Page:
I’ll have a rant about that another time, but I would just like to say that vegan food is so misunderstood.

The Ethics of Being an Environmentalist Vegan; “Eco-friendly?”

Posted in Being Green on January 23rd, 2010 by Lacey – Comments Off

Part I: I’ve really been struggling a lot lately with priorities. Namely, is it more important to be an environmentalist or to be a vegan? I am starting to think it’s impossible to be both without some level of give. For example, if you are a vegan, you don’t consume animal products on any level–your clothing, housewares, or food. That means you’ll likely choose an artificial material as a substitute (for let’s say, shoes or a belt) which is, most likely, derived from oil (not a renewable resource). In the couple of months that I’ve been avoiding all animal products both in food and in lifestyle, I’m having a hard time reconciling the fact that even though I didn’t kill an animal, I’m probably creating more of an environmental impact (negatively) by wearing or using this whateveritis.  From here on out–I’ll just be doing the best I can, probably buying anything leather first as a seconhand item, and then as a firsthand purchase if I am out of alternatives.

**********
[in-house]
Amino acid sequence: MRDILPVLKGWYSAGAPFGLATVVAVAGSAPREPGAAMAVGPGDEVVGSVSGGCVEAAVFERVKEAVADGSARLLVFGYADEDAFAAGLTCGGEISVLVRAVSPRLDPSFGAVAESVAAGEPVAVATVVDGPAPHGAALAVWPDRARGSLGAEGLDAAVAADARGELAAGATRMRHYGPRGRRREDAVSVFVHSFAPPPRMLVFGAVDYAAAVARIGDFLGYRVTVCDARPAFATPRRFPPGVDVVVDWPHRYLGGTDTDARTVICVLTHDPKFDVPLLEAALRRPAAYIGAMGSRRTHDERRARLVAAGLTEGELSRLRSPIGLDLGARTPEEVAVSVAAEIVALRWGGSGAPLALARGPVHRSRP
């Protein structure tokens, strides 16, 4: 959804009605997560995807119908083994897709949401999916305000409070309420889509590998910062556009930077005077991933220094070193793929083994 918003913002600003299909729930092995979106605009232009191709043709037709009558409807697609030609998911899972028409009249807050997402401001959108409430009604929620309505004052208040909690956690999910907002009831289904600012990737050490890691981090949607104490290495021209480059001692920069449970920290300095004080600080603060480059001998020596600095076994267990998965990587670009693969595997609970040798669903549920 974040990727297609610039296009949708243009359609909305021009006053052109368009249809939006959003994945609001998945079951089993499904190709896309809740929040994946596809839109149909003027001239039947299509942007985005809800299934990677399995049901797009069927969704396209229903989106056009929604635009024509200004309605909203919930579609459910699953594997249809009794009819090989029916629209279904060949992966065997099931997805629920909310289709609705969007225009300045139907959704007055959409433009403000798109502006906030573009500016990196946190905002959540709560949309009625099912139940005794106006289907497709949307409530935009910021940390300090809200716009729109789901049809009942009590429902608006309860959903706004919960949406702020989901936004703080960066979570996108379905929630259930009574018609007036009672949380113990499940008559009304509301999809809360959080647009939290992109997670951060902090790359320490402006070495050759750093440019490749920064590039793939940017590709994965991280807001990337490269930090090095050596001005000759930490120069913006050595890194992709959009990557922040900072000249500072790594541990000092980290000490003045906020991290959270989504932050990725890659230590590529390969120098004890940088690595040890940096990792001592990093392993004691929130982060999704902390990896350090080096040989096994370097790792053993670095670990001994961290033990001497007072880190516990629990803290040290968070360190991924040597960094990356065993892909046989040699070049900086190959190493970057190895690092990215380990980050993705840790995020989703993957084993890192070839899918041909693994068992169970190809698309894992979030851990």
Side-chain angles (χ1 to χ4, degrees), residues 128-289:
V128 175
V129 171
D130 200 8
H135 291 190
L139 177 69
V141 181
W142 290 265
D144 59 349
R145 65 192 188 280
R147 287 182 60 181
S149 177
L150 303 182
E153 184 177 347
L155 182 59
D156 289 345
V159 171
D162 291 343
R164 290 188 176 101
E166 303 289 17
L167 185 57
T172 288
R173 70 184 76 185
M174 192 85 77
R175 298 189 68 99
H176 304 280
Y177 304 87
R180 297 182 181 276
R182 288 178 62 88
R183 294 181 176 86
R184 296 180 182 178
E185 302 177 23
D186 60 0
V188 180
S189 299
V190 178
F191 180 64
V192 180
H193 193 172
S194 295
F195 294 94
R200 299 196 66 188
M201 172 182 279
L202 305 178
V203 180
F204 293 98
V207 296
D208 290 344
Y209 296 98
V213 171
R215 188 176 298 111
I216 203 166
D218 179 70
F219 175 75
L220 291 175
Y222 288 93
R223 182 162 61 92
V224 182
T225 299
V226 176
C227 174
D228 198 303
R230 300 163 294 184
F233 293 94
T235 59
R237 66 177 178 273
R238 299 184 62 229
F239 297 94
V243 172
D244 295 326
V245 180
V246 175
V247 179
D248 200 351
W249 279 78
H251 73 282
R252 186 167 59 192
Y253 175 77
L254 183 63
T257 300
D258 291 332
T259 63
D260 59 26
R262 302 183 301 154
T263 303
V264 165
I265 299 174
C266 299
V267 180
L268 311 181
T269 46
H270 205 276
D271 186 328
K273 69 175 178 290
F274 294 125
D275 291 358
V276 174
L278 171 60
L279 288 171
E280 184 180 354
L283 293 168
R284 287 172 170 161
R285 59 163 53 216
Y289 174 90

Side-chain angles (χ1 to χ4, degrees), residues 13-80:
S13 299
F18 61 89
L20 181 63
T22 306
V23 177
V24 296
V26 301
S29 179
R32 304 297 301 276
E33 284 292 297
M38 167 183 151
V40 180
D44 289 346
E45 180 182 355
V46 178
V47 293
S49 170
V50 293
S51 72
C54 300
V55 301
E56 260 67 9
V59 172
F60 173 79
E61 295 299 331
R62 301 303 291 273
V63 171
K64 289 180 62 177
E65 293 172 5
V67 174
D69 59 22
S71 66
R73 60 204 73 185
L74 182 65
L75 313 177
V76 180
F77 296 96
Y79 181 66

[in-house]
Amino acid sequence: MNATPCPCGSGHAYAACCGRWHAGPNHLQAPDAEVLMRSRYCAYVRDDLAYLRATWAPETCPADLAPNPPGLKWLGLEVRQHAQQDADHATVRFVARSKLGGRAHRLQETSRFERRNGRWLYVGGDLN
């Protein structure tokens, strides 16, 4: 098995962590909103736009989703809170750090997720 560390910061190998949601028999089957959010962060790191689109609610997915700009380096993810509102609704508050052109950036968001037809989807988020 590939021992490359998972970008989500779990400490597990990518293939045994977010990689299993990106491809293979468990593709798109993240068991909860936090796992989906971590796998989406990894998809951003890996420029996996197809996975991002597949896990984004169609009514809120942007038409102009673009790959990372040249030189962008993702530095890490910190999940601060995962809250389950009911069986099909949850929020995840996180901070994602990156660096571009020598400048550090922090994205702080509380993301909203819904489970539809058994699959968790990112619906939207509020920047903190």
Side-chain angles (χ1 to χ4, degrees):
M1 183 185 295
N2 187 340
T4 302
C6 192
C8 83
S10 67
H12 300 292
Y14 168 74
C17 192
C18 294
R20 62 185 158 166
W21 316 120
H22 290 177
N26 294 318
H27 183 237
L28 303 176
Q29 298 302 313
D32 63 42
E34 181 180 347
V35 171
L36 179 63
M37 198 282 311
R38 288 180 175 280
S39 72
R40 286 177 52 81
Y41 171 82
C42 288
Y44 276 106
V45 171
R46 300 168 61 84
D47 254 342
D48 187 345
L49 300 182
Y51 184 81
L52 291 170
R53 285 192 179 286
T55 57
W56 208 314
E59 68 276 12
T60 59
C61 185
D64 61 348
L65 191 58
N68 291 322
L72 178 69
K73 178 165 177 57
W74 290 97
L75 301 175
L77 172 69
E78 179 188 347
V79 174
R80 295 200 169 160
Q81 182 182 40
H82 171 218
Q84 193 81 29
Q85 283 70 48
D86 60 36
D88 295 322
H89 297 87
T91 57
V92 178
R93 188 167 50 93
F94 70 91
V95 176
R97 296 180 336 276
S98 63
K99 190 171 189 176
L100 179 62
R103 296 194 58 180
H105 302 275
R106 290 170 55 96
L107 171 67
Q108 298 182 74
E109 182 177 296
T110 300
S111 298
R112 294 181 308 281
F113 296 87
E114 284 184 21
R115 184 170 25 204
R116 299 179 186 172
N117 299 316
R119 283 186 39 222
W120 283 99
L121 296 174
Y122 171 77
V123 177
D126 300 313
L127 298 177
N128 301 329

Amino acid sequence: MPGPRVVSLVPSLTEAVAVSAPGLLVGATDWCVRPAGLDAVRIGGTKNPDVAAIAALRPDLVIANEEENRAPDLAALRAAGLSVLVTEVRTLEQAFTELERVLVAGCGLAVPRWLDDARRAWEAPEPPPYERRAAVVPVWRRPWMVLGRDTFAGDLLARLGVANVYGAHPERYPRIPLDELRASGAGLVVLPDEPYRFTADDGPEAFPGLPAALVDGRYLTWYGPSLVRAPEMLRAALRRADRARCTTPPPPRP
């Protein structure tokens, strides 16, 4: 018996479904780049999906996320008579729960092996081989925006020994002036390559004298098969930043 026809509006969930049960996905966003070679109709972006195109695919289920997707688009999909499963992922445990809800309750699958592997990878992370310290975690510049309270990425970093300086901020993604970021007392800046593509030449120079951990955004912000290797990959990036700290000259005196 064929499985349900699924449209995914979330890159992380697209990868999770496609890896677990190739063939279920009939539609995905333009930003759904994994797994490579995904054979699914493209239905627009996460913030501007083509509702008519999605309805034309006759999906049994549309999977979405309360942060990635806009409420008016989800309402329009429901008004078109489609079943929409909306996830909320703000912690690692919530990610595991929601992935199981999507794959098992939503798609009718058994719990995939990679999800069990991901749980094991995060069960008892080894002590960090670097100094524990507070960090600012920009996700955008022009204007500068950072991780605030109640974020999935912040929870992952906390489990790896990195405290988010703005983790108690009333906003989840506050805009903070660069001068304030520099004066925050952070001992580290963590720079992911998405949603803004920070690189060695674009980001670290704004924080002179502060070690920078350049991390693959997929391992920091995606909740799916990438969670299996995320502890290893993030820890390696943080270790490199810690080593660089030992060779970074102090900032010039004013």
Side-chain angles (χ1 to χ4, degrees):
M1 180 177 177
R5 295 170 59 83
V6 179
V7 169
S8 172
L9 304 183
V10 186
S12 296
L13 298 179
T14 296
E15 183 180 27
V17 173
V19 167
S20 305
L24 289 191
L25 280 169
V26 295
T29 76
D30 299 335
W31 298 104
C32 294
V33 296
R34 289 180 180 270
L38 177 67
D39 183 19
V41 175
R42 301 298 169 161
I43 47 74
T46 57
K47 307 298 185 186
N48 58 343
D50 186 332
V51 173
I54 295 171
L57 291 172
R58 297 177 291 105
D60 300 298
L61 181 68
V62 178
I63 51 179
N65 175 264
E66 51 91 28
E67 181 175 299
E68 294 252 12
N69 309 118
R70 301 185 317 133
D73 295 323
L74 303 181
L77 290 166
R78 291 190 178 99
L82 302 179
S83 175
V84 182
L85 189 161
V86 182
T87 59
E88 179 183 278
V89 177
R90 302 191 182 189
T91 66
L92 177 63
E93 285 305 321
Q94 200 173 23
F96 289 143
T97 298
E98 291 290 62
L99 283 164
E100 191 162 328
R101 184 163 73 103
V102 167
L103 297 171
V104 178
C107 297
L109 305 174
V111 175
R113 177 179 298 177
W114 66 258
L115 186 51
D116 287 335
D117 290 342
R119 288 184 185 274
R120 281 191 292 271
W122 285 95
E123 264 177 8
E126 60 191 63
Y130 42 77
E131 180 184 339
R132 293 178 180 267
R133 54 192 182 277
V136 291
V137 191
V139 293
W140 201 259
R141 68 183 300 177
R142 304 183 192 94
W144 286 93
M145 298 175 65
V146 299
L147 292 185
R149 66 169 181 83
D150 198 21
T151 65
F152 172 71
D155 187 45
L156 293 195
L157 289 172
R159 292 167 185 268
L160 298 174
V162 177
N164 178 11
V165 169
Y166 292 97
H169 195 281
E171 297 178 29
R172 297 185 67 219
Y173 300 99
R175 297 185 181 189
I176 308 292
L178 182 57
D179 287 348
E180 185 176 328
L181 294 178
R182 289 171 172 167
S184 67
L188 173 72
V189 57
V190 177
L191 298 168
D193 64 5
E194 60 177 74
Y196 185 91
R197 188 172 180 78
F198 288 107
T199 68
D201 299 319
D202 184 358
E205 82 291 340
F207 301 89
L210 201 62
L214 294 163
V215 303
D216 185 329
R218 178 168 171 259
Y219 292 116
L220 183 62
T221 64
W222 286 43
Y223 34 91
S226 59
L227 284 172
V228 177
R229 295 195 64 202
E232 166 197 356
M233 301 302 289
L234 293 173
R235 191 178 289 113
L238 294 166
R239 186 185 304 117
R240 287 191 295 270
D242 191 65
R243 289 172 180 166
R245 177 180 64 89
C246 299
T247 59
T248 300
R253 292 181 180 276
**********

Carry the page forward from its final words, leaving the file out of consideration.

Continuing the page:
I know there are alternatives to this choice and if I just try harder, I’m sure I can make it work. But what I’m thinking is that as busy as I am and being middle class–I simply can’t afford it.  Also, I did this as an experiment because people are very sensitive about the label “vegan.” Meaning–vegan is not just the way you eat. So, I’m calling myself a vegetarian who doesn’t eat dairy/eggs. There ya go.